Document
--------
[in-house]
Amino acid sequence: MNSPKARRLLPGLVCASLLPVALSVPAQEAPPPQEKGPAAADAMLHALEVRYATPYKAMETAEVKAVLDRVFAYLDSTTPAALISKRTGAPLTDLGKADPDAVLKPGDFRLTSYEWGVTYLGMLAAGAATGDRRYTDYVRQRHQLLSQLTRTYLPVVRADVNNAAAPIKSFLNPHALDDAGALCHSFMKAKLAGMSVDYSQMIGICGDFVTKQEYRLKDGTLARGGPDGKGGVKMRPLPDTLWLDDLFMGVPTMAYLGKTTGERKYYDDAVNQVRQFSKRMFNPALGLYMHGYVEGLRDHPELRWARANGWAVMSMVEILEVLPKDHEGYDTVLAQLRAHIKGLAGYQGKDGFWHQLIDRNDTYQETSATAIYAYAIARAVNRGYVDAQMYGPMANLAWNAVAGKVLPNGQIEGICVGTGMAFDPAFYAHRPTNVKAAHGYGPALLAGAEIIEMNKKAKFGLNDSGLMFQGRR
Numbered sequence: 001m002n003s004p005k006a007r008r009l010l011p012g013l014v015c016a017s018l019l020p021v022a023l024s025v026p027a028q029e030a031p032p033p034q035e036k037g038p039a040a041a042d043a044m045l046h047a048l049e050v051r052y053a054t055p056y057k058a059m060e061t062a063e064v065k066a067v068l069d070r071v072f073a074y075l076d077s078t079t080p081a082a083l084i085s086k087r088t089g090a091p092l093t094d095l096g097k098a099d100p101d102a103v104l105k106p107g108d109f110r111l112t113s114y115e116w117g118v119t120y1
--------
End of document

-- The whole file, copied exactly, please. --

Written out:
[in-house]
Amino acid sequence: MNSPKARRLLPGLVCASLLPVALSVPAQEAPPPQEKGPAAADAMLHALEVRYATPYKAMETAEVKAVLDRVFAYLDSTTPAALISKRTGAPLTDLGKADPDAVLKPGDFRLTSYEWGVTYLGMLAAGAATGDRRYTDYVRQRHQLLSQLTRTYLPVVRADVNNAAAPIKSFLNPHALDDAGALCHSFMKAKLAGMSVDYSQMIGICGDFVTKQEYRLKDGTLARGGPDGKGGVKMRPLPDTLWLDDLFMGVPTMAYLGKTTGERKYYDDAVNQVRQFSKRMFNPALGLYMHGYVEGLRDHPELRWARANGWAVMSMVEILEVLPKDHEGYDTVLAQLRAHIKGLAGYQGKDGFWHQLIDRNDTYQETSATAIYAYAIARAVNRGYVDAQMYGPMANLAWNAVAGKVLPNGQIEGICVGTGMAFDPAFYAHRPTNVKAAHGYGPALLAGAEIIEMNKKAKFGLNDSGLMFQGRR
Numbered sequence: 001m002n003s004p005k006a007r008r009l010l011p012g013l014v015c016a017s018l019l020p021v022a023l024s025v026p027a028q029e030a031p032p033p034q035e036k037g038p039a040a041a042d043a044m045l046h047a048l049e050v051r052y053a054t055p056y057k058a059m060e061t062a063e064v065k066a067v068l069d070r071v072f073a074y075l076d077s078t079t080p081a082a083l084i085s086k087r088t089g090a091p092l093t094d095l096g097k098a099d100p101d102a103v104l105k106p107g108d109f110r111l112t113s114y115e116w117g118v119t120y1